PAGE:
DORTMUNDER WAS DRINKING COFFEE, though what he would rather be drinking was anything that started with “B.” But tonight was when, at long last, the heist would go down, and he should be at his quick-witted best for the occasion. Some time after midnight, with Tiny alone on guard duty at the entrance to the compound and with the cops gone from the place because the kidnapping was over and solved and done with, at last they could go in and get the goddamn cars and deliver them to the Speedshop. And then Dortmunder could get out of Pennsylvania, back to New York, back to a cozy living room with his faithful companion, May, and drink everything in the house that started with “B.” Something to look forward to. In the meantime, he was seated here in Chester’s living room, with Chester and his faithful companion, Grace, all of them drinking coffee and waiting for Dortmunder’s clothes to get here. Chester’s overcoat wasn’t bad, but it didn’t really fit all that well, and it was uncomfortable having to worry about your coat tails all the time.
They’d stopped watching television, because it was obvious the story was over, even though the newspeople were prepared to go on beating it into the ground for several hours yet. Monroe Hall had been kidnapped, then found, then found to have lost his memory. His butler had been kidnapped with him, and was now disappeared. One of the five kidnappers had been nabbed, one had skipped the country, and the other three would never be rounded up unless they put signs on their backs saying, “I did it.” So it was over, all except the swiping of the cars.
Ding-dong. Ten minutes to six, and Dortmunder watched eagerly as Grace Fallon went over to open the door, though he didn’t stand yet, just in case this was somebody other than somebody with his clothes.
But, no, here came Andy Kelp, with two suitcases, only one of them Dortmunder’s. And behind him Stan, with a suitcase. And behind him Tiny, with a duffel bag.
Dortmunder stood, coattails forgotten. “Everybody?” he asked. “And packed?”
“It’s over, John,” Kelp said, and handed Dortmunder his suitcase.
Dortmunder wanted to go to some other room and change into actual clothing, but he had to know: “Over? What’s over?”
Stan answered, “Forget the cars.”
Dortmunder shook his head. “Forget the cars? After all this? Why?”
Stan said, “Because they aren’t there any more.”
Kelp said, “It was awful, John. We stood there and watched them go.”
“On trucks,” Tiny said. He sounded as though the trucks themselves were an insult.
Dortmunder said, “I don’t get it.”
Chester said, “John, do us all a favor. Get dressed. Use our bedroom.”
“Don’t say anything till I get back,” Dortmunder warned them, and was gone a very short period of time, to come back dressed like a person, not like either a refugee or a butler. He said, “Okay, now what?”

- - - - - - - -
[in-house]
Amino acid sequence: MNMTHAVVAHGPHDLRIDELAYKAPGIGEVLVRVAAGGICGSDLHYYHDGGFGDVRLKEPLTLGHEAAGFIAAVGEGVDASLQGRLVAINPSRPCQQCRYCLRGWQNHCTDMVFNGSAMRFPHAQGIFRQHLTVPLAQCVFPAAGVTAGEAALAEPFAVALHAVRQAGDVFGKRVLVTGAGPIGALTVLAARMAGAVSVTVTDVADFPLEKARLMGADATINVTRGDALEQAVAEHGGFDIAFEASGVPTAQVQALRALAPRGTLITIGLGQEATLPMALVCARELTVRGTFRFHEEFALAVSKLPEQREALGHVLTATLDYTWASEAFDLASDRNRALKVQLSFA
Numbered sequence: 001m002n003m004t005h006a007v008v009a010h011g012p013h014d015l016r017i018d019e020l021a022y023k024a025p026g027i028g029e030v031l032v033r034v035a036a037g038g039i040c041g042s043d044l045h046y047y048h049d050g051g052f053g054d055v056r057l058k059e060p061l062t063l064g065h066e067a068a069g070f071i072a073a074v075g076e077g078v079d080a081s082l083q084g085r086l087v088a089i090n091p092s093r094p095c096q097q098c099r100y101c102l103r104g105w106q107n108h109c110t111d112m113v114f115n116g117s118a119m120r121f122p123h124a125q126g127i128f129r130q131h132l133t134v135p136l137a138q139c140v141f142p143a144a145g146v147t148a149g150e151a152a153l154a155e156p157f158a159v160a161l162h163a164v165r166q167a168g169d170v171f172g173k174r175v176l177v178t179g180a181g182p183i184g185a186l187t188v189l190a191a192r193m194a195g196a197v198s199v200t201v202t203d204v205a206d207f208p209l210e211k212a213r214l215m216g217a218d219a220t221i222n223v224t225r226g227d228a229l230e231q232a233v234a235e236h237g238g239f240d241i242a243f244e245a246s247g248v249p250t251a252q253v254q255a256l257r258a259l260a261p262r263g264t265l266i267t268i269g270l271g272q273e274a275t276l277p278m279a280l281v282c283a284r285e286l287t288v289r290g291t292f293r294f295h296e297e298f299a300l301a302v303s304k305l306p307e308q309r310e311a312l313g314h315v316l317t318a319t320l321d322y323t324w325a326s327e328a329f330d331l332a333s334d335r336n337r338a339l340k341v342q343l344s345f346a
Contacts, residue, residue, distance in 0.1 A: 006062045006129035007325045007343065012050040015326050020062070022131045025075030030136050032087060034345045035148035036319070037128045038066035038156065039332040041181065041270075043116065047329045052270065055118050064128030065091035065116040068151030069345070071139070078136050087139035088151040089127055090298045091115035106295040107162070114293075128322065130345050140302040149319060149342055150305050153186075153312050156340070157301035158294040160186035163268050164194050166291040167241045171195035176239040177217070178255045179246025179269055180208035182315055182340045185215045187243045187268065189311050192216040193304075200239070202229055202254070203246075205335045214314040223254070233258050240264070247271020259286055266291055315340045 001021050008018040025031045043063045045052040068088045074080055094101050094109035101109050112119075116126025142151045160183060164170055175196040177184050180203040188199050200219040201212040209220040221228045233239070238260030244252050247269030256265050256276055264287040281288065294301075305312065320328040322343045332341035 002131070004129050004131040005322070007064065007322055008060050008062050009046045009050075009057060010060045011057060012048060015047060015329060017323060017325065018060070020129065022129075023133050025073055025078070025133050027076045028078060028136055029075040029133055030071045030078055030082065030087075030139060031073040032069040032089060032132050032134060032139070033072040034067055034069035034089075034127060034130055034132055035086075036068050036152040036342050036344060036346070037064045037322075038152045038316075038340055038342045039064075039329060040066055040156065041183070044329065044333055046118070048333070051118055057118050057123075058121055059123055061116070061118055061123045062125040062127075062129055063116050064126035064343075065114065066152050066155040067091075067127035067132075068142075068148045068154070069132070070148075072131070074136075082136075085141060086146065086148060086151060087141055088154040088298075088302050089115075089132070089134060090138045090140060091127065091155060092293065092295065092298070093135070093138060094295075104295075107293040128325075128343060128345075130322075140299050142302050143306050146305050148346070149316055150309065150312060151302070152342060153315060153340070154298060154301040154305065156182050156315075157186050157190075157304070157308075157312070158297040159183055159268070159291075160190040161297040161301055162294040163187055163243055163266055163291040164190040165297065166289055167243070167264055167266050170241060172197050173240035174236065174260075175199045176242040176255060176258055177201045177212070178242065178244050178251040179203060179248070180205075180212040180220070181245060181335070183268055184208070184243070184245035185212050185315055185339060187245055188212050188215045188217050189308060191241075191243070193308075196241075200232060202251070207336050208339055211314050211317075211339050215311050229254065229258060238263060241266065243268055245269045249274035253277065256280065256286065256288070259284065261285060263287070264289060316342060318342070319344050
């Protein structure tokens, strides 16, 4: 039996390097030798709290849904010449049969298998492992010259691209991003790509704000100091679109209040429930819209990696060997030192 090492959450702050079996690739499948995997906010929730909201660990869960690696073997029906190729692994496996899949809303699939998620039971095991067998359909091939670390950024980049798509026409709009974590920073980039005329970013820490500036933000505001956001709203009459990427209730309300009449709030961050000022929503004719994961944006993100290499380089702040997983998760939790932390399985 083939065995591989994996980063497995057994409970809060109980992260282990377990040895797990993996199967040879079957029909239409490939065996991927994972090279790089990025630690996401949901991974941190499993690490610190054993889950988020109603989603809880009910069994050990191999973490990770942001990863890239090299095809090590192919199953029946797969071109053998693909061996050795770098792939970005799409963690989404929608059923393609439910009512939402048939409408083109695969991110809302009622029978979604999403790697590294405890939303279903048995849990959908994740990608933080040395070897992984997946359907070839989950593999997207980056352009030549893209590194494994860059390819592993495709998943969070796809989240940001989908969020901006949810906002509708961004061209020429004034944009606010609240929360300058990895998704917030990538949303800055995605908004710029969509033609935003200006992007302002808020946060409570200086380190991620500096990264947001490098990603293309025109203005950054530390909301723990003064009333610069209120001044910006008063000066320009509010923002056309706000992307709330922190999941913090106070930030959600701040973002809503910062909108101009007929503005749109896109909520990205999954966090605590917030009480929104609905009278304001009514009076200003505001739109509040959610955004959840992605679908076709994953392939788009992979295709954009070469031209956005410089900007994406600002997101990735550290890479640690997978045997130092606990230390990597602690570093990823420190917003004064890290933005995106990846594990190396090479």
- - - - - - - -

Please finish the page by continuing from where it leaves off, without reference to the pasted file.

Kelp said, “Because Monroe Hall lost his memory, his wife can’t get at the money he had stashed, so she’s selling everything.”
“Starting with the cars?”
“Turns out,” Kelp said, “Hall really didn’t own those cars. A museum does.”
“That was a scam,” Chester said, “so he could keep the cars and not have to turn them over to the bankruptcy court.”
Kelp said, “Well, it was a scam and it wasn’t a scam. This car museum in Florida really does own them all, but Hall got to keep them at his place. Now, with the situation like it is, the museum wants their cars. So today, they left.”
Dortmunder said, “So that’s it? We plan, we prepare, we do everything right, and it’s over? Just like that?”
Stan said, “There’s still some of that other stuff Arnie Albright said he’d take.”
Dortmunder shook his head. “I did not come here to load a car with music boxes,” he said. “I am not a pilferer, I got my dignity. If there’s no cars there, there’s no reason to go there.”
Kelp said, “That’s why we all packed up and came over.”
Tiny said, “I’m not going back to that place. If I did, I’d break something.”
Dortmunder sat down on the sofa, where he’d been for so long in the overcoat. “I’ve been drinking coffee,” he said.
Grace Fallon said, “I believe we have some bourbon.”
“Thank you,” he said simply.
After getting concurring nods from everybody else, she left the room and Stan said, “One drink, and we might as well drive back to the city.”
“Forever,” Chester said. “That’s how long I’m gonna listen to Hal Mellon’s jokes.”
Dortmunder said, “You know, I’m beginning to realize what the worst of it is.”
Kelp looked interested, but apprehensive. “There’s a worst of it?”
“If we’re not pulling a heist here tonight,” Dortmunder told him, “you know what we’ve been doing the last three days? We’ve been having jobs.”